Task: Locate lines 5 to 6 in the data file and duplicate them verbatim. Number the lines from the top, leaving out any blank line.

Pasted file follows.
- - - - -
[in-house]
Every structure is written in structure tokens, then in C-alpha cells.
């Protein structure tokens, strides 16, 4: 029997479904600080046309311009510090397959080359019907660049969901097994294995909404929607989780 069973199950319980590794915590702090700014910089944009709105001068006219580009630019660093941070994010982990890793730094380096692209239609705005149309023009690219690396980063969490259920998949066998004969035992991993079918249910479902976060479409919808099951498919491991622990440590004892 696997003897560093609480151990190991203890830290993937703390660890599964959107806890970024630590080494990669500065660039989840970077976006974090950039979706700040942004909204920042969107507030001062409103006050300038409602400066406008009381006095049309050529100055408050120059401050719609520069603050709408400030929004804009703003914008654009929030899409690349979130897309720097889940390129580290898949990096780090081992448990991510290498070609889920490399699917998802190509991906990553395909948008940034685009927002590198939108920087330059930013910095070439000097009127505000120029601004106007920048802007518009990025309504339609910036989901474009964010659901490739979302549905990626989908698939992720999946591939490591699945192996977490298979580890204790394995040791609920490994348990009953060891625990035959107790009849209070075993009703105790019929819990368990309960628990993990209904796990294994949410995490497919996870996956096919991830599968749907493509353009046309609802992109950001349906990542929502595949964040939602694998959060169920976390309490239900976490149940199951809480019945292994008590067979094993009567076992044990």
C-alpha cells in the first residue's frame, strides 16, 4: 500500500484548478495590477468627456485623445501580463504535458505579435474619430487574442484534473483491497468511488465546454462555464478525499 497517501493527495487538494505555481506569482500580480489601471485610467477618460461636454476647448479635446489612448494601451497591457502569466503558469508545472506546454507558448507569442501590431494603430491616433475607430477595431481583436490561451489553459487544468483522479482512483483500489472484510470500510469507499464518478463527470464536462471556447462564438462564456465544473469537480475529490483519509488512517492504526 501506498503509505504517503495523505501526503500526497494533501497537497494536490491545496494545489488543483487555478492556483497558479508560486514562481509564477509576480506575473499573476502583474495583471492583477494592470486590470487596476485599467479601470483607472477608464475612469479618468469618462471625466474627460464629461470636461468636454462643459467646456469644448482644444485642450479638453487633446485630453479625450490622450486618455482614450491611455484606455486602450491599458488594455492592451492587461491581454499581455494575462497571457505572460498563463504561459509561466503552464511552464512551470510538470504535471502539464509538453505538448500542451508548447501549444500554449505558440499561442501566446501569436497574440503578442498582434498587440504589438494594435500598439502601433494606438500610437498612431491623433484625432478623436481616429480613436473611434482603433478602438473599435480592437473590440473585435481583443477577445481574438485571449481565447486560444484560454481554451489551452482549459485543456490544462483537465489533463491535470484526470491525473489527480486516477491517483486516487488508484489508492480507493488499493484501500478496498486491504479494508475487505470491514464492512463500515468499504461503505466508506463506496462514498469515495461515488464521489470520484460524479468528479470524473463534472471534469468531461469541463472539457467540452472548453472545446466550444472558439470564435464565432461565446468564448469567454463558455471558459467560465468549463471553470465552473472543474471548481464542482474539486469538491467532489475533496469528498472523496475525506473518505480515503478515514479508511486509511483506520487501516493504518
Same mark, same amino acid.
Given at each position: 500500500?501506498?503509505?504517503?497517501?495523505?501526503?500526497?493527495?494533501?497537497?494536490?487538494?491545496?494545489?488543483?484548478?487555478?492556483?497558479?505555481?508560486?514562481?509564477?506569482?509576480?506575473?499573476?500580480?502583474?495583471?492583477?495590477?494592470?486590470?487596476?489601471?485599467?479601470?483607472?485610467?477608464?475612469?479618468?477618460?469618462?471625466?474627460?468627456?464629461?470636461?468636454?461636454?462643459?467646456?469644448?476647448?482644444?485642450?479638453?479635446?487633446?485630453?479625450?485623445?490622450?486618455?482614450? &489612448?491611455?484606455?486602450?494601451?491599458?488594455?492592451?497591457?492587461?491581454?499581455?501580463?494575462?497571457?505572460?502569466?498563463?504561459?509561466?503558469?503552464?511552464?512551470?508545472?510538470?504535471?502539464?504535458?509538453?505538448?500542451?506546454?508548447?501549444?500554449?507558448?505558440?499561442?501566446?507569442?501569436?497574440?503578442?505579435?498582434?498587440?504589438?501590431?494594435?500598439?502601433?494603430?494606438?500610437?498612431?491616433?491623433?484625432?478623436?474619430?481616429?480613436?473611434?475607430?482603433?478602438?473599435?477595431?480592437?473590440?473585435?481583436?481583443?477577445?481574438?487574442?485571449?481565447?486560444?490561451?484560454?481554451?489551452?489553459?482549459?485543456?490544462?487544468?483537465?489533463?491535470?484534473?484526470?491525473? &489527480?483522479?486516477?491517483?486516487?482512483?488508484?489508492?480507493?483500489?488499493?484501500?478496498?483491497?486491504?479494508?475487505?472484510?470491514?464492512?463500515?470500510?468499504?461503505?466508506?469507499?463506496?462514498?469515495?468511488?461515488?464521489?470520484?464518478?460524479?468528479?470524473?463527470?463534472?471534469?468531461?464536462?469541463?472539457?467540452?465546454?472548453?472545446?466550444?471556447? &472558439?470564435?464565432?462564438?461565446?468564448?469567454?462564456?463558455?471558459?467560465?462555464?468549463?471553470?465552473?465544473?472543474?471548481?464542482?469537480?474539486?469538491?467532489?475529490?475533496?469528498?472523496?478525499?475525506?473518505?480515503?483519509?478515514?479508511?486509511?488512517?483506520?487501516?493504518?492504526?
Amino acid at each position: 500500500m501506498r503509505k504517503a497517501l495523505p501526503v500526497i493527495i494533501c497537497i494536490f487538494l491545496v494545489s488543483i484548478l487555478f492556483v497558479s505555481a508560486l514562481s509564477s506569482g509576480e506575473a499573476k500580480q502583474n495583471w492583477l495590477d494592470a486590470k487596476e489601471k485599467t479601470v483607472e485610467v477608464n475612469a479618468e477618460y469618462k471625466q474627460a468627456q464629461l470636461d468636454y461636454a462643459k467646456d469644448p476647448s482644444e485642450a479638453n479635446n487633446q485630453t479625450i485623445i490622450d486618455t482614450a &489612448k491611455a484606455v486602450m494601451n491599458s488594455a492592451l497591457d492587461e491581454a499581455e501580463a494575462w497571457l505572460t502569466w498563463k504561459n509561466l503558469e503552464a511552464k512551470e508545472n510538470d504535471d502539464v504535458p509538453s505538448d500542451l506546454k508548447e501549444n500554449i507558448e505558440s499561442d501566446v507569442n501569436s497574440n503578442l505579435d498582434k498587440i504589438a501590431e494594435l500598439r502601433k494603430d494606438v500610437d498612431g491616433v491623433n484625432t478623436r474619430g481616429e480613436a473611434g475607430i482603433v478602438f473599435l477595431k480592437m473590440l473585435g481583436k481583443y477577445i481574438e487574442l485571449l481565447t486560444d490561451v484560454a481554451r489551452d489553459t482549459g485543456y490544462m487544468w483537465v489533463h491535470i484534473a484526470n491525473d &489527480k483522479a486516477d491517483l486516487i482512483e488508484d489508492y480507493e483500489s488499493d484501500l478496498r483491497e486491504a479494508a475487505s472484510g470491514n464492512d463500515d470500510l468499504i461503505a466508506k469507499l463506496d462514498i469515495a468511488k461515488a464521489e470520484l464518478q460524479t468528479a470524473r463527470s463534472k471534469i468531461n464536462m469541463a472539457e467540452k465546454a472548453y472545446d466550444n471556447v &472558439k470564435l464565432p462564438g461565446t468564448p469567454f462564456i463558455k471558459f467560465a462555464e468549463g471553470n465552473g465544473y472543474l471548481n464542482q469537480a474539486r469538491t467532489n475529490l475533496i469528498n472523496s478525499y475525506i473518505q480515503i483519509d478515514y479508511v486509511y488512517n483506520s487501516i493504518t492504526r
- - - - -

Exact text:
Same mark, same amino acid.
Given at each position: 500500500?501506498?503509505?504517503?497517501?495523505?501526503?500526497?493527495?494533501?497537497?494536490?487538494?491545496?494545489?488543483?484548478?487555478?492556483?497558479?505555481?508560486?514562481?509564477?506569482?509576480?506575473?499573476?500580480?502583474?495583471?492583477?495590477?494592470?486590470?487596476?489601471?485599467?479601470?483607472?485610467?477608464?475612469?479618468?477618460?469618462?471625466?474627460?468627456?464629461?470636461?468636454?461636454?462643459?467646456?469644448?476647448?482644444?485642450?479638453?479635446?487633446?485630453?479625450?485623445?490622450?486618455?482614450? &489612448?491611455?484606455?486602450?494601451?491599458?488594455?492592451?497591457?492587461?491581454?499581455?501580463?494575462?497571457?505572460?502569466?498563463?504561459?509561466?503558469?503552464?511552464?512551470?508545472?510538470?504535471?502539464?504535458?509538453?505538448?500542451?506546454?508548447?501549444?500554449?507558448?505558440?499561442?501566446?507569442?501569436?497574440?503578442?505579435?498582434?498587440?504589438?501590431?494594435?500598439?502601433?494603430?494606438?500610437?498612431?491616433?491623433?484625432?478623436?474619430?481616429?480613436?473611434?475607430?482603433?478602438?473599435?477595431?480592437?473590440?473585435?481583436?481583443?477577445?481574438?487574442?485571449?481565447?486560444?490561451?484560454?481554451?489551452?489553459?482549459?485543456?490544462?487544468?483537465?489533463?491535470?484534473?484526470?491525473? &489527480?483522479?486516477?491517483?486516487?482512483?488508484?489508492?480507493?483500489?488499493?484501500?478496498?483491497?486491504?479494508?475487505?472484510?470491514?464492512?463500515?470500510?468499504?461503505?466508506?469507499?463506496?462514498?469515495?468511488?461515488?464521489?470520484?464518478?460524479?468528479?470524473?463527470?463534472?471534469?468531461?464536462?469541463?472539457?467540452?465546454?472548453?472545446?466550444?471556447? &472558439?470564435?464565432?462564438?461565446?468564448?469567454?462564456?463558455?471558459?467560465?462555464?468549463?471553470?465552473?465544473?472543474?471548481?464542482?469537480?474539486?469538491?467532489?475529490?475533496?469528498?472523496?478525499?475525506?473518505?480515503?483519509?478515514?479508511?486509511?488512517?483506520?487501516?493504518?492504526?